IWSG: Saint Thomas Merton

InsecureWritersSupportGroupToday’s post is part of the Insecure Writer’s Support Group, a blog hop hosted by Alex J. Cavanaugh.  It’s a way for insecure writers like myself give each other advice and encouragement.  Click here to see a full list of participating blogs.

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A few years ago, a friend loaned me a book called Echoing Silence.  It’s a collection of letters, essays, and speeches by Thomas Merton, an American writer and Catholic monk.  That friend has since become my editor, and Thomas Merton has become one of my writerly heroes.  He’s changed the way I write, not by changing my writing but by changing the way I think of myself as a writer.

Even if you’re not religious, you may find some inspiration in Merton.  He saw being a writer and a monk as complimentary, or perhaps like two parallel roads leading to the same destination.  Anyone as intimately involved with writing — or any art form — as Merton knows there is something mystical about the artistic experience.  For some of us, maybe this is the only way to find God (or whatever religious term you’d prefer) in our lives.

While recently flipping through an old diary of mine, I found these notes summarizing Merton’s beliefs as presented in Echoing Silence.

  • Don’t waste time on monasticism if God doesn’t want you to be a monk.  If God meant for you to be a writer, be the best damn writer you can be and don’t let anything get in the way (not even religion) because that would get in the way of God’s plan for you.
  • When you write, give yourself up to God.  In other words, don’t do it to be famous but because it’s what God meant for you to be doing.
  • Don’t forget that you’re imperfect.  Thomas Merton himself didn’t think he’d get into heaven no matter how much he devoted himself to God.  We all make mistakes, both as writers and as human beings, so be humble about it.

The Catholic Church doesn’t recognize Merton as a saint, possibly because of that “not even religion” part or possibly because of rumors that his death was a suicide.  Saints are supposed to be roll models, and the Church doesn’t want to create suicidal roll models.  Regardless, what he has to say about the spirituality of writers and artists is worth reading.  It inspired me, and for that reason he is a saint at least in my own heart.

8 Responses to IWSG: Saint Thomas Merton

  1. Suzanne says:

    He sounds like he was a very humble man – which goes along with being a monk. As for being imperfect, not a problem LOL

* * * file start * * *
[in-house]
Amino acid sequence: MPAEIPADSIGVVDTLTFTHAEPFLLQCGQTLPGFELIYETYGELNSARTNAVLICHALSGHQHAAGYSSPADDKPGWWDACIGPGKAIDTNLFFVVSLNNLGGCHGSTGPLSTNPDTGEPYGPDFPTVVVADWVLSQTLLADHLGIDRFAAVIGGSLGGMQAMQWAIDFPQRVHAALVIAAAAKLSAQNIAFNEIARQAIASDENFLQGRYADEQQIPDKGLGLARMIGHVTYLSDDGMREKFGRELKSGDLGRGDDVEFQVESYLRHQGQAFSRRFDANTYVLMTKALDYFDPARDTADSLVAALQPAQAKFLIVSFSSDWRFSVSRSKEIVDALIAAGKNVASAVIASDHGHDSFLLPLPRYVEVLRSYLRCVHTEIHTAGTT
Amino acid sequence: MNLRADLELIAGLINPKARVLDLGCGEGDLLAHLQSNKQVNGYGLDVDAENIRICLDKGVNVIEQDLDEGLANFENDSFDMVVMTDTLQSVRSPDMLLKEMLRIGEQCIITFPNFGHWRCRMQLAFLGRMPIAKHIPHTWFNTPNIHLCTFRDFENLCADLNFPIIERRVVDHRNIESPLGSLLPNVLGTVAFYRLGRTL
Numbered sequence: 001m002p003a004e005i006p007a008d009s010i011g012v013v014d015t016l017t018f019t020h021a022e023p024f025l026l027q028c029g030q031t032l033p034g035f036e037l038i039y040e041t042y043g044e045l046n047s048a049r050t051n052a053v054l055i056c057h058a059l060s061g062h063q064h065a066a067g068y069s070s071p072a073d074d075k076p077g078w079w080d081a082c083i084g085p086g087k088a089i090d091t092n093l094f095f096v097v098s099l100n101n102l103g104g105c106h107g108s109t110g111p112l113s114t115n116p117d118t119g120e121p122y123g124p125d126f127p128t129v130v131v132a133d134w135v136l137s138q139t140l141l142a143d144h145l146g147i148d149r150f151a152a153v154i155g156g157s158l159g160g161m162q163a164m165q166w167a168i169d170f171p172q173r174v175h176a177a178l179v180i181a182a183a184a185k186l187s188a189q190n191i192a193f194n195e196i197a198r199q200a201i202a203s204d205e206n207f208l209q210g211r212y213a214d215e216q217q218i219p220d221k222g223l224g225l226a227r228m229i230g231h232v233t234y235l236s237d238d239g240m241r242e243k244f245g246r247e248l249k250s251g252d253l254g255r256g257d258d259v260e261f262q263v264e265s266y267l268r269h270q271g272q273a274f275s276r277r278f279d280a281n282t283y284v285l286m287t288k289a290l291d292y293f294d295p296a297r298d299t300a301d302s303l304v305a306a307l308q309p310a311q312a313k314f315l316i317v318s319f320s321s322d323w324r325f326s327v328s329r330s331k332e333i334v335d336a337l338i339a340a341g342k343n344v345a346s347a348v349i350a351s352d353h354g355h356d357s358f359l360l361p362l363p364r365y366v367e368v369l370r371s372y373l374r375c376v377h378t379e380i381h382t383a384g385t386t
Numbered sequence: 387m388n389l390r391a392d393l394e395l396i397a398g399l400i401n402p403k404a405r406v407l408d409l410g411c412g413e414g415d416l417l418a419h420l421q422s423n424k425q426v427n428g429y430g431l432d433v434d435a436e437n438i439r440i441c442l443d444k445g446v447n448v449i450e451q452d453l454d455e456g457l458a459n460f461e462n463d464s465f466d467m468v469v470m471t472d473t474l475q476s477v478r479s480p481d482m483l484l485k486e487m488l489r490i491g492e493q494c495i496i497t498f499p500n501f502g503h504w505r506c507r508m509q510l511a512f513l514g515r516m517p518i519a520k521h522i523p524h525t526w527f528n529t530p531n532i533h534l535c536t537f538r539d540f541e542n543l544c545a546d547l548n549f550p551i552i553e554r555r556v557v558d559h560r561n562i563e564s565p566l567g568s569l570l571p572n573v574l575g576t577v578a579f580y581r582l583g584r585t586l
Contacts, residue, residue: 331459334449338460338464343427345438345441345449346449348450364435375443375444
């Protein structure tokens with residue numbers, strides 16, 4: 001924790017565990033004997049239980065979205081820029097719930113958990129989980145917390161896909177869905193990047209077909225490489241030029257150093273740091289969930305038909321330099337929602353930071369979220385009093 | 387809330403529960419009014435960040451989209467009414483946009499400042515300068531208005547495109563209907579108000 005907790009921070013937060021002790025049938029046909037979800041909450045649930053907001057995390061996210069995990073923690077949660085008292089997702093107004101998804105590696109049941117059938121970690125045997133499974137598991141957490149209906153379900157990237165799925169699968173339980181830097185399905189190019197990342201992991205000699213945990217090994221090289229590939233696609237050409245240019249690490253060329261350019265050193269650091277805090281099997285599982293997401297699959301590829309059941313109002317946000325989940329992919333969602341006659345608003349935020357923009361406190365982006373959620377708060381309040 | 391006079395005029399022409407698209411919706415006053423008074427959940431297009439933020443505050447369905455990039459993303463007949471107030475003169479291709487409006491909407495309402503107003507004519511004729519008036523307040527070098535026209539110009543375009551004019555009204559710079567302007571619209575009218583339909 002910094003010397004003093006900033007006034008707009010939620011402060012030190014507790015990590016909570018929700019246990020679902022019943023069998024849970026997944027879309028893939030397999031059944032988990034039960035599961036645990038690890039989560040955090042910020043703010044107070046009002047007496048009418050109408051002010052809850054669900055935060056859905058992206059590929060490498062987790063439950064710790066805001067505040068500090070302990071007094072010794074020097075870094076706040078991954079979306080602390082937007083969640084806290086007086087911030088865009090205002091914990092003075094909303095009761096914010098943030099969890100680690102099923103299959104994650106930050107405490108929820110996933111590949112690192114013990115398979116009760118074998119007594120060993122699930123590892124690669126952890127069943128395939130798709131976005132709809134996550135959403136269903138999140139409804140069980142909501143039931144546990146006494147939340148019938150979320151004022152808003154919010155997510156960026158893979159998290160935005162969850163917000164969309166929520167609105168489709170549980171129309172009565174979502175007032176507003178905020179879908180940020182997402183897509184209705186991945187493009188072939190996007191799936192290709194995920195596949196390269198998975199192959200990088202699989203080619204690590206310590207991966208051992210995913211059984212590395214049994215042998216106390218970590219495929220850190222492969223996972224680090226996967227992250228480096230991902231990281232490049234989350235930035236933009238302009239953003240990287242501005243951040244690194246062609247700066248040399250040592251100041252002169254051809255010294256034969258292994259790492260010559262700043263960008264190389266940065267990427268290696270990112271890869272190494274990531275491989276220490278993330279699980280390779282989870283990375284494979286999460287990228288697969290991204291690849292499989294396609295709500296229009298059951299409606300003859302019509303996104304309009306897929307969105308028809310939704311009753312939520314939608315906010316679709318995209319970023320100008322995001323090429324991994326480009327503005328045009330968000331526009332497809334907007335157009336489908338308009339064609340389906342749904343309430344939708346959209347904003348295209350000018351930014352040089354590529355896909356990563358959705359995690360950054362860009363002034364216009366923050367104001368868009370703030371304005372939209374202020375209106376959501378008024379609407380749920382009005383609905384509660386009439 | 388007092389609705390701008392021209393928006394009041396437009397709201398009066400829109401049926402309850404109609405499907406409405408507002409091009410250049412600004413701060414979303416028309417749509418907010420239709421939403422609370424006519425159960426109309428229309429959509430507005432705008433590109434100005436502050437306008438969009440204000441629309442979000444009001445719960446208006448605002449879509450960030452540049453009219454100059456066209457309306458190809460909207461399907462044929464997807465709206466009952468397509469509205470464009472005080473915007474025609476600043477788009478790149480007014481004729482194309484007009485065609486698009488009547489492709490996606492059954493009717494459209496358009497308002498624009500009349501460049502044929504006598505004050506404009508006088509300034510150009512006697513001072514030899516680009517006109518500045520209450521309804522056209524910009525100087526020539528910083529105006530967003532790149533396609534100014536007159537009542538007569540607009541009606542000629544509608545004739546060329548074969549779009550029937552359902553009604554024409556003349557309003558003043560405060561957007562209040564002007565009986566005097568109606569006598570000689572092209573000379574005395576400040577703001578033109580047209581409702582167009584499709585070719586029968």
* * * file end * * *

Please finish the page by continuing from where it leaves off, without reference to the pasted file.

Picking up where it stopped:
Suzanne @ Suzannes-Tribe

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  2. A certain amount of humility is important, especially in the writing world.

    Great post.
    August co-host and IWSG #110

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  3. Robin says:

    I started watching The Tudors a while back and then quit. I should pick it up again. I liked the character of Sir Thomas Merton. He’s a very honorable fellow. I like the second bullet point especially. I think most people feel best when they are doing what they are meant to be doing. That can change as people change. It can also change as our motivations change. As you say, if someone starts out with an intention of simply having a story in their head and a love of writing, that is one thing. When the motivation changes to fame, it becomes impossible to be satiated. It is all in how we think after all…Sir Thomas Merton was a very smart man indeed.

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  4. Karen Walker says:

    Very thoughtful post, James. And I loved what you wrote on my blog today – thank you. Wanted to tell you about a book, “Proof of Heaven,” written by a neurosurgeon who was all scientist and no mysticism, until he had a near-death experience himself. Very interesting reading. Just a thought….

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  5. Definitely. Thoughts of fame and money are cold companions when you’re trying to get through a draft. God, on the other hand, knows where He’s leading you.

    Loved this post.

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    • James Pailly says:

      I find that when I’m deep in my writing, thoughts of what other people may think or what they might be willing to pay are the farthest things from my mind. If I can think of anything else, it is only that what I’m doing at that very moment is right.

      Thanks for visiting! I’m now following you on Twitter.

      Like

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